PUWER regulations: Everything You Need to Know

Did you know that there were 65,427 specified injuries to employees reported in 2019-20? According to an estimate by the Labour Force Survey, there were 168,000 self-reported injuries in the workplace for not following the PUWER regulations, causing an absence from work of over seven days. And approximately 36% of the fatal injuries happen at construction work, among which 11% are caused by machinery.

These injuries occur as a result of:

  • Breaching PUWER regulations relating to the dangerous parts of machinery
  • And not having adequate risk assessments in place.

Table of Contents

What is PUWER?

PUWER is an abbreviation for Provision and Use of Work Equipment regulations that were first published in 1992. The primary aim of the regulations was to keep people safe in the workplace by preventing injuries, accidents and fatalities regarding the operation of machinery and equipment used in certain working environments. However, the regulations were later amended in the Provision and Use of Work Equipment Regulations 1998. The primary change was in the:

  • Coverage of mobile equipment
  • Woodworking equipment
  • Power presses allowing the repeal of the 1965 Power Press Regulations. These also incorporated some other regulations, including those on woodworking machinery.

What is the purpose of PUWER?

The primary purpose of the PUWER rules is to ensure the safety of anyone using and working with equipment and machinery. PUWER also aims to make certain that equipment and machinery are:

  • Only used by those who have completed the necessary training.
  • Regularly inspected by an experienced worker.
  • Maintained frequently to ensure maximum safety at all times.

The PUWER regulation aims to ensure the safety of people as well as companies operating, maintaining and having control over their equipment and machinery used in their workplaces. This regulation holds responsibility on organisations and businesses’ employees who use work equipment, whether it is owned by them or not.

The businesses and people working under the company must know these regulations. It will help increase their awareness of any health and safety issues.

Which equipment do the PUWER regulations cover?

PUWER applies to any apparatus used in the workplace that could endanger people’s health and safety. It relates to portable and stationary equipment, including anything from handheld power tools to air conditioners and computers.

A man cutting a metal

As the definition of PUWER is quite broad, it can be difficult to enlist all the equipment PUWER refers to specifically. However, the PUWER regulations will apply to:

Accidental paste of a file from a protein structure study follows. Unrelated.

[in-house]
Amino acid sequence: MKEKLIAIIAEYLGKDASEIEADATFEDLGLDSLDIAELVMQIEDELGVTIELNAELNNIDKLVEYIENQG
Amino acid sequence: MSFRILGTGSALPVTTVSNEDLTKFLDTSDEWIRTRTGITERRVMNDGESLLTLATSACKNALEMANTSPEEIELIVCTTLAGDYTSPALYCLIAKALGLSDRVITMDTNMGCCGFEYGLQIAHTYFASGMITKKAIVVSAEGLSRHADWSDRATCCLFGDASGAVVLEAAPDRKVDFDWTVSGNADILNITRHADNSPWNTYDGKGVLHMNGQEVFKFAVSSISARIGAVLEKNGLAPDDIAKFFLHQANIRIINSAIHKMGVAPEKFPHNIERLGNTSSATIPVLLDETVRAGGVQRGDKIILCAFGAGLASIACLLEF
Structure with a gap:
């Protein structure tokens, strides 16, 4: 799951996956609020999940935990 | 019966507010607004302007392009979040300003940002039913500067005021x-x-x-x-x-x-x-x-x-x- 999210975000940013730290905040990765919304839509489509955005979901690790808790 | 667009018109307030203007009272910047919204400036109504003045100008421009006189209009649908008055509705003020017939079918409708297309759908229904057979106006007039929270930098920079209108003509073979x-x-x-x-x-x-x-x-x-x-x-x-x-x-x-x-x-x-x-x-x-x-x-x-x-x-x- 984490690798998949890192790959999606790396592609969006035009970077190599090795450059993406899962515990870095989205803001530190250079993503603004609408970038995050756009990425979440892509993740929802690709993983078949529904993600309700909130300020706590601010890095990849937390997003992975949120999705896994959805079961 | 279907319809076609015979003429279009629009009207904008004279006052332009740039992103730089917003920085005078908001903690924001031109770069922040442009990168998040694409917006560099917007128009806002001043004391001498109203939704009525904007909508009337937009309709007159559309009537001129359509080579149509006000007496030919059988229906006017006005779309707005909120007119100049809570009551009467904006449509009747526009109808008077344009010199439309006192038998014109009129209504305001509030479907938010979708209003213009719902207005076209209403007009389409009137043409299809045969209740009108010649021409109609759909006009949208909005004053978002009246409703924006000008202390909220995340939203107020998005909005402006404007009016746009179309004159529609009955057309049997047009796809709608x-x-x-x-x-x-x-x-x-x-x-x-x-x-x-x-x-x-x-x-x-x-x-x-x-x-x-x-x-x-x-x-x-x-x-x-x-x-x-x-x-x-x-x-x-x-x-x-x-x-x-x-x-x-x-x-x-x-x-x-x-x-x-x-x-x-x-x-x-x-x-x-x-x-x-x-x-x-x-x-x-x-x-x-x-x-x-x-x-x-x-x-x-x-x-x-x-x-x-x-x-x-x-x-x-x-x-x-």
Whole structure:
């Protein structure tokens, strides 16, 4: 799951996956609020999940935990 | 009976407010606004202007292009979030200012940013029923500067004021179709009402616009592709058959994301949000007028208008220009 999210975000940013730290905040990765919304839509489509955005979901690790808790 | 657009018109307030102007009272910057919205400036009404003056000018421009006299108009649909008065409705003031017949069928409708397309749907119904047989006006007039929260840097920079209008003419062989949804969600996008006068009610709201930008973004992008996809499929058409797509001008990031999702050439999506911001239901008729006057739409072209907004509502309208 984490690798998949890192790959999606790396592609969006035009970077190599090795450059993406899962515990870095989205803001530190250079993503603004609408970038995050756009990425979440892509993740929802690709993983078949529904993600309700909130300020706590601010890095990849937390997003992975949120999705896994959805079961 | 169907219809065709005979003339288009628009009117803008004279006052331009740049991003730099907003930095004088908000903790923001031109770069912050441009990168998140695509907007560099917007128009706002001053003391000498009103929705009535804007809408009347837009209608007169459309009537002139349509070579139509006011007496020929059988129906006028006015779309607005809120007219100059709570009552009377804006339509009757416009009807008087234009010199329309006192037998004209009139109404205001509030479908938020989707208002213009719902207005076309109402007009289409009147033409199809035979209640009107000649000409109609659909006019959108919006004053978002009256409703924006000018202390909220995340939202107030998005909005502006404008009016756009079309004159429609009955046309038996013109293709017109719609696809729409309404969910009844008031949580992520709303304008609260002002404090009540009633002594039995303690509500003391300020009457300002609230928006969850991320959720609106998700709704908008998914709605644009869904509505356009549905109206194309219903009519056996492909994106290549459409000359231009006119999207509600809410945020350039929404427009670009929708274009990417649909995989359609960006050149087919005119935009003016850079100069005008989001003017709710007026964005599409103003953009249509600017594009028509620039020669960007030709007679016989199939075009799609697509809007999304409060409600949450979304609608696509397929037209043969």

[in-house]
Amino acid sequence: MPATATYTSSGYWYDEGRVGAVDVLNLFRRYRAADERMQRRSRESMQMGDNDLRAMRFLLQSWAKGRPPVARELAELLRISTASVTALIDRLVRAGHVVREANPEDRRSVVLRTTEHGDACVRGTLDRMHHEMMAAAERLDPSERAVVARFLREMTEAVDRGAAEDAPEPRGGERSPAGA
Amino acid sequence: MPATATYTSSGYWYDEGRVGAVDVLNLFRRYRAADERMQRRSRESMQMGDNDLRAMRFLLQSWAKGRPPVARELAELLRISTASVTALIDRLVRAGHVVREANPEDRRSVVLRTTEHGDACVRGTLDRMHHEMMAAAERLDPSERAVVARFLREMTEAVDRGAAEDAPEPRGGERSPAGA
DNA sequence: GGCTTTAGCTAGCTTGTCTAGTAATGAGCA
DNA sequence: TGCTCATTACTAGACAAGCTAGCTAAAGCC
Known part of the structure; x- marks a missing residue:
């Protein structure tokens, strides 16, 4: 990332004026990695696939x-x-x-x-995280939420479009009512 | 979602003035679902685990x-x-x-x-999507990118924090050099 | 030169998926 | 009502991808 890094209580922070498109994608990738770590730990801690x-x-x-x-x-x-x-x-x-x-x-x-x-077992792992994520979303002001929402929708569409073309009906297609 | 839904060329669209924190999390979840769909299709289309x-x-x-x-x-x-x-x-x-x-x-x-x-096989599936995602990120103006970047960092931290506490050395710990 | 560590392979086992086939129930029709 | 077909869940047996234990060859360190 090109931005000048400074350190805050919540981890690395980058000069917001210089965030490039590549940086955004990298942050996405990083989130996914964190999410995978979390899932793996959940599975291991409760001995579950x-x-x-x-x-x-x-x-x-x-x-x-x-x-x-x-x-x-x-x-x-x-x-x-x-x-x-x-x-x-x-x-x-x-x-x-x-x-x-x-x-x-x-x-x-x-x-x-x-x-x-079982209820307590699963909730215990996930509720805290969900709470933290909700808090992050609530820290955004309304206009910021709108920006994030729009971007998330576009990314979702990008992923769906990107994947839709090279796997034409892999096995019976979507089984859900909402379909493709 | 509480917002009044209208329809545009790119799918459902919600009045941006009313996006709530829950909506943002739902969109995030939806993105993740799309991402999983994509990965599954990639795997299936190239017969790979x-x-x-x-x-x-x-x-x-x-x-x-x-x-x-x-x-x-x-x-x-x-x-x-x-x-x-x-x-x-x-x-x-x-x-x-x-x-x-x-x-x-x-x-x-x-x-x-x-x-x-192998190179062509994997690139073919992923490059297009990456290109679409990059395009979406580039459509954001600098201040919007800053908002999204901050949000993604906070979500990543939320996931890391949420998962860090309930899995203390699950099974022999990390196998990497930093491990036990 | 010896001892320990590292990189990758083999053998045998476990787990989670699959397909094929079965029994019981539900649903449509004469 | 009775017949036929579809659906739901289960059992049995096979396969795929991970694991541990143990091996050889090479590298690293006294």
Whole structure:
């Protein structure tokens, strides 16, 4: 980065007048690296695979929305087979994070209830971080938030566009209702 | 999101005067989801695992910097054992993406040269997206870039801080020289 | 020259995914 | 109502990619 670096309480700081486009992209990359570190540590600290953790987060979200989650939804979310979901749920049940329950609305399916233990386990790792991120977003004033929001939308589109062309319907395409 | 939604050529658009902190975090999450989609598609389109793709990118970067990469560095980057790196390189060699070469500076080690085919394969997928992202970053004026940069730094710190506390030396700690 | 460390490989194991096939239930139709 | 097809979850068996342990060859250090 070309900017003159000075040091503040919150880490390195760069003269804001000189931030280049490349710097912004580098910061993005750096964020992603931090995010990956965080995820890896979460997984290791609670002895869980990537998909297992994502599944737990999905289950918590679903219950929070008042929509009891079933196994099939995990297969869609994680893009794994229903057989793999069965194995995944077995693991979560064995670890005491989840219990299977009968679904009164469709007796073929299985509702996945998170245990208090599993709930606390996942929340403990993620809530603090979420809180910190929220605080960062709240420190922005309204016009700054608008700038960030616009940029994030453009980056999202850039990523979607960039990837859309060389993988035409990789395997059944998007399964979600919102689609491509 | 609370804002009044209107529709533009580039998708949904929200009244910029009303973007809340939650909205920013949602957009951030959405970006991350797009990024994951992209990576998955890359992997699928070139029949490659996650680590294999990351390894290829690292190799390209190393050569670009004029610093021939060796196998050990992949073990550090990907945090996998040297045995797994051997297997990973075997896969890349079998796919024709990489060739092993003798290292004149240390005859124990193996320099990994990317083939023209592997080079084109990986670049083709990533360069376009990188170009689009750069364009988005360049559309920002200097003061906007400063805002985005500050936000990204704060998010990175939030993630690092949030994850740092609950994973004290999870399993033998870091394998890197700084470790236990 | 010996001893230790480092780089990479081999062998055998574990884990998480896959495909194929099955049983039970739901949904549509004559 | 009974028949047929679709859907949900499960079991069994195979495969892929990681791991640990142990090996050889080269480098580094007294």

1. All work equipment, whether it’s new or not.

2. Every piece of equipment, whether your workplace owns or hire it.

3. Equipment covered by other regulations, e.g., Lifting Operation and Lifting Equipment Regulations 1998 (LOLER), Supply of Machinery (Safety) Regulations 2008.

4. Any type of machinery, appliance, apparatus or tool for use at work.

5. Equipment that employees bring to work for their own use.

6. Any technology-based machines. For example, machines that have processes like:

  • Starting
  • Stopping
  • Programming
  • Setting
  • Transporting
  • Repairing
  • Modifying
  • Maintaining
  • Servicing
  • And cleaning.

7. Toolbox tools such as; hammers, handsaws, drill, angle grinder etc.

What are the key requirements of PUWER?

Anyone who owns, maintains or controls work equipment falls under the PUWER regulations. To ensure overall safety, they require workplaces to install, operate, inspect, and maintain equipment adequately.

The regulation extends to a wide range of facilities and workplaces. For instance: a factory, construction site, office,  care setting, or in a shop. And no matter where your work equipment came from, the person in your workplace who delivers it must ensure that the equipment:

  • Meets health and safety requirements
  • Is adequate and safe before the first time use and during the operation.
  • Is maintained in a safe condition for further use.
  • And is inspected regularly to ensure that it continues to function safely throughout the entire operation.

The regulations also require you to provide equipment that meets the standards of PUWER. So, you have to:

  • Take appropriate safety measures. For example, you should provide your employees or workers with:
    • Suitable training
    • Warning devices
    • System control devices
    • Personal protective equipment (PPE).
  • Follow safe systems of work, e.g., perform maintenance checks only after segregating the machine properly.

Apart from the said measures, the operators must know how to use the equipment safely. They should also have the necessary training if required.

However, depending on the requirements of work and your assessment of the risks involved, a combination of these measures may be necessary.

Who does PUWER apply to?

The PUWER regulations doesn’t apply only to large businesses and corporations. They apply to anyone who uses or regulates work equipment. Whether you work for a big well-known company or are self-employed, PUWER will apply. The regulations are intended for: